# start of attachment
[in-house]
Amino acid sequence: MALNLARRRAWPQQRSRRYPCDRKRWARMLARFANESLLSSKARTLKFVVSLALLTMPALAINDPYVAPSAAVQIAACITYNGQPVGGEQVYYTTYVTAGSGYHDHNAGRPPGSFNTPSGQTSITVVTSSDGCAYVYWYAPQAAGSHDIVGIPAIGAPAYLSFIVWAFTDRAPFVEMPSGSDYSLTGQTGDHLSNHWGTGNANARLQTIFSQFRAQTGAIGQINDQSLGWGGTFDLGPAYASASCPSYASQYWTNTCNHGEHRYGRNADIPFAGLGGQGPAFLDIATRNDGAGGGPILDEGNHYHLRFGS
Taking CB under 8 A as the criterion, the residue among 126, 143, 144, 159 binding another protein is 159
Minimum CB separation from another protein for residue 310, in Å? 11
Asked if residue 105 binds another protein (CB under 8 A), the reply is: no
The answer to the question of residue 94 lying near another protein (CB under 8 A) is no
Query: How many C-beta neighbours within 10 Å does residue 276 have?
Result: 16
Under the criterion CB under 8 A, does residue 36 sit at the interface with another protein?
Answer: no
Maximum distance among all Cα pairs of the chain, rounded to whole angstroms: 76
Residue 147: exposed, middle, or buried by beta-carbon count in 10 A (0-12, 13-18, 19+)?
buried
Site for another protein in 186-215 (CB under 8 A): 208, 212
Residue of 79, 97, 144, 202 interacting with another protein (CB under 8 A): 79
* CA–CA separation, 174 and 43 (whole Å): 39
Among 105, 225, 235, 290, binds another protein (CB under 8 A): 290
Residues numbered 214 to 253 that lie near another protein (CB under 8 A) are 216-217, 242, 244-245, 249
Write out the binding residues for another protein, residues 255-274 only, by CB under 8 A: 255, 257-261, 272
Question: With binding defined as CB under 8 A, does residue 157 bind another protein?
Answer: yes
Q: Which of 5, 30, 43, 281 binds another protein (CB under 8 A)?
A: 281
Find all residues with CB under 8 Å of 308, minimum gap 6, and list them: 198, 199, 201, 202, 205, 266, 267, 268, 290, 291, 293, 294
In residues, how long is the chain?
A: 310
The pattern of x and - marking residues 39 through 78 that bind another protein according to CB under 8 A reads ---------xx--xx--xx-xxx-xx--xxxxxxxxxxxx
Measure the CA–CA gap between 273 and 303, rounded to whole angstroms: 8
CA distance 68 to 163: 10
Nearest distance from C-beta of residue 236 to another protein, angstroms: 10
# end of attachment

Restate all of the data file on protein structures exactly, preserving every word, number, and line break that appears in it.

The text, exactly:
[in-house]
Amino acid sequence: MALNLARRRAWPQQRSRRYPCDRKRWARMLARFANESLLSSKARTLKFVVSLALLTMPALAINDPYVAPSAAVQIAACITYNGQPVGGEQVYYTTYVTAGSGYHDHNAGRPPGSFNTPSGQTSITVVTSSDGCAYVYWYAPQAAGSHDIVGIPAIGAPAYLSFIVWAFTDRAPFVEMPSGSDYSLTGQTGDHLSNHWGTGNANARLQTIFSQFRAQTGAIGQINDQSLGWGGTFDLGPAYASASCPSYASQYWTNTCNHGEHRYGRNADIPFAGLGGQGPAFLDIATRNDGAGGGPILDEGNHYHLRFGS
Taking CB under 8 A as the criterion, the residue among 126, 143, 144, 159 binding another protein is 159
Minimum CB separation from another protein for residue 310, in Å? 11
Asked if residue 105 binds another protein (CB under 8 A), the reply is: no
The answer to the question of residue 94 lying near another protein (CB under 8 A) is no
Query: How many C-beta neighbours within 10 Å does residue 276 have?
Result: 16
Under the criterion CB under 8 A, does residue 36 sit at the interface with another protein?
Answer: no
Maximum distance among all Cα pairs of the chain, rounded to whole angstroms: 76
Residue 147: exposed, middle, or buried by beta-carbon count in 10 A (0-12, 13-18, 19+)?
buried
Site for another protein in 186-215 (CB under 8 A): 208, 212
Residue of 79, 97, 144, 202 interacting with another protein (CB under 8 A): 79
* CA–CA separation, 174 and 43 (whole Å): 39
Among 105, 225, 235, 290, binds another protein (CB under 8 A): 290
Residues numbered 214 to 253 that lie near another protein (CB under 8 A) are 216-217, 242, 244-245, 249
Write out the binding residues for another protein, residues 255-274 only, by CB under 8 A: 255, 257-261, 272
Question: With binding defined as CB under 8 A, does residue 157 bind another protein?
Answer: yes
Q: Which of 5, 30, 43, 281 binds another protein (CB under 8 A)?
A: 281
Find all residues with CB under 8 Å of 308, minimum gap 6, and list them: 198, 199, 201, 202, 205, 266, 267, 268, 290, 291, 293, 294
In residues, how long is the chain?
A: 310
The pattern of x and - marking residues 39 through 78 that bind another protein according to CB under 8 A reads ---------xx--xx--xx-xxx-xx--xxxxxxxxxxxx
Measure the CA–CA gap between 273 and 303, rounded to whole angstroms: 8
CA distance 68 to 163: 10
Nearest distance from C-beta of residue 236 to another protein, angstroms: 10